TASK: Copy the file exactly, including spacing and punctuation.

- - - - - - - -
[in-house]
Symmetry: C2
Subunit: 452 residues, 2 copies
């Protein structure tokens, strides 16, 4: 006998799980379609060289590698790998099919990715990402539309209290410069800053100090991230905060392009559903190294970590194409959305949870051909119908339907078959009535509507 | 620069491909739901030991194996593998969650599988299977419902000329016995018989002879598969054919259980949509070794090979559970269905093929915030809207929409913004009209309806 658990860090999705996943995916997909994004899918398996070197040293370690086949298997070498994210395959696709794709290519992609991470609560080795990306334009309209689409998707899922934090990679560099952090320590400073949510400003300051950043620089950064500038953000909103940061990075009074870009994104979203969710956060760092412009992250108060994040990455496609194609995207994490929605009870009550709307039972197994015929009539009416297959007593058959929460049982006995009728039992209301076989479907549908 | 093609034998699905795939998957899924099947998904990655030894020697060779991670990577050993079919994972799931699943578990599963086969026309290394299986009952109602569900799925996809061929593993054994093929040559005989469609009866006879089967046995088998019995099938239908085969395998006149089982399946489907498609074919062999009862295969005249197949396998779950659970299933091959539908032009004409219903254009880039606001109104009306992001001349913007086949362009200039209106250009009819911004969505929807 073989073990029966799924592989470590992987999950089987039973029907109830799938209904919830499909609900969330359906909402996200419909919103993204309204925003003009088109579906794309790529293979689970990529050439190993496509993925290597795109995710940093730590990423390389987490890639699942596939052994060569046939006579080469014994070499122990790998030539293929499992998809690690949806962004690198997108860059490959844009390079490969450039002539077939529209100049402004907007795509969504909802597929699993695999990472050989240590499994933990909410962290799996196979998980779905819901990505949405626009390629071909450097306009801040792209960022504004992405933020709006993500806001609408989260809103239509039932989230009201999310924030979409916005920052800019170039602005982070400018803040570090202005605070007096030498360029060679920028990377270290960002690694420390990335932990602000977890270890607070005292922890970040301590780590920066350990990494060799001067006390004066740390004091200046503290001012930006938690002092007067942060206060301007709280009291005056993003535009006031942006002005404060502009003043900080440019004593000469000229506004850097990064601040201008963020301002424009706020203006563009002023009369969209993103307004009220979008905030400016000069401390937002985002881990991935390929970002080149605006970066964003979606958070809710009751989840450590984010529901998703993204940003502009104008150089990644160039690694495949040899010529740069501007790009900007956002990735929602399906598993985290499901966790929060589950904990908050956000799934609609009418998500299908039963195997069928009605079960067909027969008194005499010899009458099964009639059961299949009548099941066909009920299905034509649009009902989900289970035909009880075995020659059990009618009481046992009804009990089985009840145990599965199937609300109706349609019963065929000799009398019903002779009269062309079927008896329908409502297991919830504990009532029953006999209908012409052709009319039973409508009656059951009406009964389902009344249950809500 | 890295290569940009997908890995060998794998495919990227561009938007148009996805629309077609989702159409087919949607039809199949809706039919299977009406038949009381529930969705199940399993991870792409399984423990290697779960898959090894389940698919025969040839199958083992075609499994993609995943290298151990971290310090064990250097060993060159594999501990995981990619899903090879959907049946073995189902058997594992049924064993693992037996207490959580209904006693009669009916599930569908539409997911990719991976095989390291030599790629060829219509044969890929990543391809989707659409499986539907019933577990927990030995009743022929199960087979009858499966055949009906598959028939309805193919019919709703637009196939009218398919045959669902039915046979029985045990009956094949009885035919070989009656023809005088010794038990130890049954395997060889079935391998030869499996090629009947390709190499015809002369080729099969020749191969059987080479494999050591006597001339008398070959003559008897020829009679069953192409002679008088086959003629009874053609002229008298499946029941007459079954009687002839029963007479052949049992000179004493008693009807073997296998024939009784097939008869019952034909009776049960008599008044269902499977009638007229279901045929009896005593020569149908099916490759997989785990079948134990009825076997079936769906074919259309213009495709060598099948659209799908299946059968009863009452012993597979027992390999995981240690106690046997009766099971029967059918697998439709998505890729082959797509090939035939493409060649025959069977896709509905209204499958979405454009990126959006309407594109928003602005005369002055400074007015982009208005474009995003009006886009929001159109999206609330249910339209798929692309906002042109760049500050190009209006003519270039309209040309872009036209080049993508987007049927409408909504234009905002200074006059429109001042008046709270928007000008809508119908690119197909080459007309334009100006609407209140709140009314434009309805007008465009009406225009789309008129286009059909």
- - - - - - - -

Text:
[in-house]
Symmetry: C2
Subunit: 452 residues, 2 copies
């Protein structure tokens, strides 16, 4: 006998799980379609060289590698790998099919990715990402539309209290410069800053100090991230905060392009559903190294970590194409959305949870051909119908339907078959009535509507 | 620069491909739901030991194996593998969650599988299977419902000329016995018989002879598969054919259980949509070794090979559970269905093929915030809207929409913004009209309806 658990860090999705996943995916997909994004899918398996070197040293370690086949298997070498994210395959696709794709290519992609991470609560080795990306334009309209689409998707899922934090990679560099952090320590400073949510400003300051950043620089950064500038953000909103940061990075009074870009994104979203969710956060760092412009992250108060994040990455496609194609995207994490929605009870009550709307039972197994015929009539009416297959007593058959929460049982006995009728039992209301076989479907549908 | 093609034998699905795939998957899924099947998904990655030894020697060779991670990577050993079919994972799931699943578990599963086969026309290394299986009952109602569900799925996809061929593993054994093929040559005989469609009866006879089967046995088998019995099938239908085969395998006149089982399946489907498609074919062999009862295969005249197949396998779950659970299933091959539908032009004409219903254009880039606001109104009306992001001349913007086949362009200039209106250009009819911004969505929807 073989073990029966799924592989470590992987999950089987039973029907109830799938209904919830499909609900969330359906909402996200419909919103993204309204925003003009088109579906794309790529293979689970990529050439190993496509993925290597795109995710940093730590990423390389987490890639699942596939052994060569046939006579080469014994070499122990790998030539293929499992998809690690949806962004690198997108860059490959844009390079490969450039002539077939529209100049402004907007795509969504909802597929699993695999990472050989240590499994933990909410962290799996196979998980779905819901990505949405626009390629071909450097306009801040792209960022504004992405933020709006993500806001609408989260809103239509039932989230009201999310924030979409916005920052800019170039602005982070400018803040570090202005605070007096030498360029060679920028990377270290960002690694420390990335932990602000977890270890607070005292922890970040301590780590920066350990990494060799001067006390004066740390004091200046503290001012930006938690002092007067942060206060301007709280009291005056993003535009006031942006002005404060502009003043900080440019004593000469000229506004850097990064601040201008963020301002424009706020203006563009002023009369969209993103307004009220979008905030400016000069401390937002985002881990991935390929970002080149605006970066964003979606958070809710009751989840450590984010529901998703993204940003502009104008150089990644160039690694495949040899010529740069501007790009900007956002990735929602399906598993985290499901966790929060589950904990908050956000799934609609009418998500299908039963195997069928009605079960067909027969008194005499010899009458099964009639059961299949009548099941066909009920299905034509649009009902989900289970035909009880075995020659059990009618009481046992009804009990089985009840145990599965199937609300109706349609019963065929000799009398019903002779009269062309079927008896329908409502297991919830504990009532029953006999209908012409052709009319039973409508009656059951009406009964389902009344249950809500 | 890295290569940009997908890995060998794998495919990227561009938007148009996805629309077609989702159409087919949607039809199949809706039919299977009406038949009381529930969705199940399993991870792409399984423990290697779960898959090894389940698919025969040839199958083992075609499994993609995943290298151990971290310090064990250097060993060159594999501990995981990619899903090879959907049946073995189902058997594992049924064993693992037996207490959580209904006693009669009916599930569908539409997911990719991976095989390291030599790629060829219509044969890929990543391809989707659409499986539907019933577990927990030995009743022929199960087979009858499966055949009906598959028939309805193919019919709703637009196939009218398919045959669902039915046979029985045990009956094949009885035919070989009656023809005088010794038990130890049954395997060889079935391998030869499996090629009947390709190499015809002369080729099969020749191969059987080479494999050591006597001339008398070959003559008897020829009679069953192409002679008088086959003629009874053609002229008298499946029941007459079954009687002839029963007479052949049992000179004493008693009807073997296998024939009784097939008869019952034909009776049960008599008044269902499977009638007229279901045929009896005593020569149908099916490759997989785990079948134990009825076997079936769906074919259309213009495709060598099948659209799908299946059968009863009452012993597979027992390999995981240690106690046997009766099971029967059918697998439709998505890729082959797509090939035939493409060649025959069977896709509905209204499958979405454009990126959006309407594109928003602005005369002055400074007015982009208005474009995003009006886009929001159109999206609330249910339209798929692309906002042109760049500050190009209006003519270039309209040309872009036209080049993508987007049927409408909504234009905002200074006059429109001042008046709270928007000008809508119908690119197909080459007309334009100006609407209140709140009314434009309805007008465009009406225009789309008129286009059909």